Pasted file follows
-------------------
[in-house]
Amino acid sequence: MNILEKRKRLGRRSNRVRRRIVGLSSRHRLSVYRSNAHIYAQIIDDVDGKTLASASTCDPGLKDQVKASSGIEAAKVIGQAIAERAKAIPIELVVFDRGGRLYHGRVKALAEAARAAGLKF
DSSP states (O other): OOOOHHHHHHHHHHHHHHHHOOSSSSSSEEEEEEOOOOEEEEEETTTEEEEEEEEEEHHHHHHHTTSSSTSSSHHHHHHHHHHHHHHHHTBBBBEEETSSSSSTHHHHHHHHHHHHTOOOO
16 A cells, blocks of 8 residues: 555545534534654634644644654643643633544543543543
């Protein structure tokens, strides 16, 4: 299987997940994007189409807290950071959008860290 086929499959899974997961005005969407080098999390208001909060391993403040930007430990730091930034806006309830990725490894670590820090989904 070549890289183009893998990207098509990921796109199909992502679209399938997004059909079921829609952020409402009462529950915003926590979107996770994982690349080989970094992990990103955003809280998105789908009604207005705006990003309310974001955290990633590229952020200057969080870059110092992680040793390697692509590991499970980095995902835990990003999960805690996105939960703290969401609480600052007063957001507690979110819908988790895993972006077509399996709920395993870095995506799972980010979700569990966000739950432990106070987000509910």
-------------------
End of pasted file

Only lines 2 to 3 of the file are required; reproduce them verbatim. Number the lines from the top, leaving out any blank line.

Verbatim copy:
Amino acid sequence: MNILEKRKRLGRRSNRVRRRIVGLSSRHRLSVYRSNAHIYAQIIDDVDGKTLASASTCDPGLKDQVKASSGIEAAKVIGQAIAERAKAIPIELVVFDRGGRLYHGRVKALAEAARAAGLKF
DSSP states (O other): OOOOHHHHHHHHHHHHHHHHOOSSSSSSEEEEEEOOOOEEEEEETTTEEEEEEEEEEHHHHHHHTTSSSTSSSHHHHHHHHHHHHHHHHTBBBBEEETSSSSSTHHHHHHHHHHHHTOOOO